single board computer

single board computer

The development team at AVED based in the United Kingdom, have created a new bare PCB for the Microbox 2K2 6809 and FLEX based single board computer. Making it available via Tindie for just $10. The initial firmware release supports:-

– MC6809 processor emulation running at approx 8MHz equiv
– 64KB of 6809 RAM with MON09 and FLEX in ‘ROM’
– 200KB ramdisk + 3MB promdisk
– WD2123 DUART emulation with twin serial ports to the host computer as VCPs via USB, one can be used with FlexNet for remote mass storage
– MC146818 RTC emulation via a physical battery backed RTC/PRAM on the PCB
– MC6821 PIA emulation for the MB2’s bell and option switches and PS/2 keyboard interface (replaces the MB2’s parallel keyboard
– uPD7220A hardware graphics accelerator emulation, 768×576 ‘VGA’
– PS/2 keyboard interface
– 80x80mm double sided 4 layer PCB which is designed to be assembled by hand with few fine pitch components and ‘large’ (0805) discrete throughout etc.

“The MB2K2 is a hardware based emulator built around an Xmos XU216 SoC where each of the 16 RISC cores in the XU216 map onto one of the individual LSI chips in the system being emulated, CPU, PIA, ACIA, GDC etc. The XU216 has 512KB of internal RAM and boots from an external QSPI serial flash device that holds the Xmos firmware and the promdisk for the 6809. As well as the XU216 the PCB includes a battery backed RTC, LEDs and DIP switches, VGA based video out, PS/2 keyboard interface and a USB connector for power and dual high speed serial ports which appear as CDC class virtual com ports to a Windows, MacOS or Linux based host computer.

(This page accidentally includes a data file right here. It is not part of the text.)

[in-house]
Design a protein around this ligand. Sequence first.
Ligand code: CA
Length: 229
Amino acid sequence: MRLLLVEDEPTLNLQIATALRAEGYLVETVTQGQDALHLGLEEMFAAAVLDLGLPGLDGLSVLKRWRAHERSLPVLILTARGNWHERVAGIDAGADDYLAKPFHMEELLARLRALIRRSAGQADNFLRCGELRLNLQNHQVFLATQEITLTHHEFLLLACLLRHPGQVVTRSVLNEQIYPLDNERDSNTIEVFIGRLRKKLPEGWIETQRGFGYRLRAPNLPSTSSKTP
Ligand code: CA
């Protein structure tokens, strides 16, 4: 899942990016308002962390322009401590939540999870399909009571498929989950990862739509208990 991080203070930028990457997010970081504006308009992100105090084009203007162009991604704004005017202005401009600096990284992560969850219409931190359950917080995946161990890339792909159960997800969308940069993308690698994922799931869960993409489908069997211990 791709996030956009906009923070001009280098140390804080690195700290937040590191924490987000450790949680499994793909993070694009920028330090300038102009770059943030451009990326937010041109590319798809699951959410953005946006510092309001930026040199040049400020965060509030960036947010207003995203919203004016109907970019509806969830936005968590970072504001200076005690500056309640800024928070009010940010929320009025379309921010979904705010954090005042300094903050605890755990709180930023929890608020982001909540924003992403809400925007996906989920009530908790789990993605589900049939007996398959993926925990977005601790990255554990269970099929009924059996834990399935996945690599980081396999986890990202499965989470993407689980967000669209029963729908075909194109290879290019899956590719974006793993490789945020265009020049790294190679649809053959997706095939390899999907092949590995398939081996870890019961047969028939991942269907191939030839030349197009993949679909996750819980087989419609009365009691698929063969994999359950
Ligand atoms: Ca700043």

The PCB has an abundance of test points and features to aid firmware development and is designed with an eye to easy manual assembly.

The MB2K2 is highly customisable. Xmos supply a free Eclipse toolchain that includes an IDE, compilers and debuggers that work with a low cost USB to JTAG debug interface allowing the user to change the MB2K2’s firmware. Although initially the MB2K2 has been used to emulate the MB2, there’s nothing to stop the emulation of other systems, processors and LSI devices.”

For more information about the Microbox 2K2 FLEX based single board computer jump over to the Tindie website by following the link below.

Source : Tindie

Filed Under: DIY Projects, Hardware


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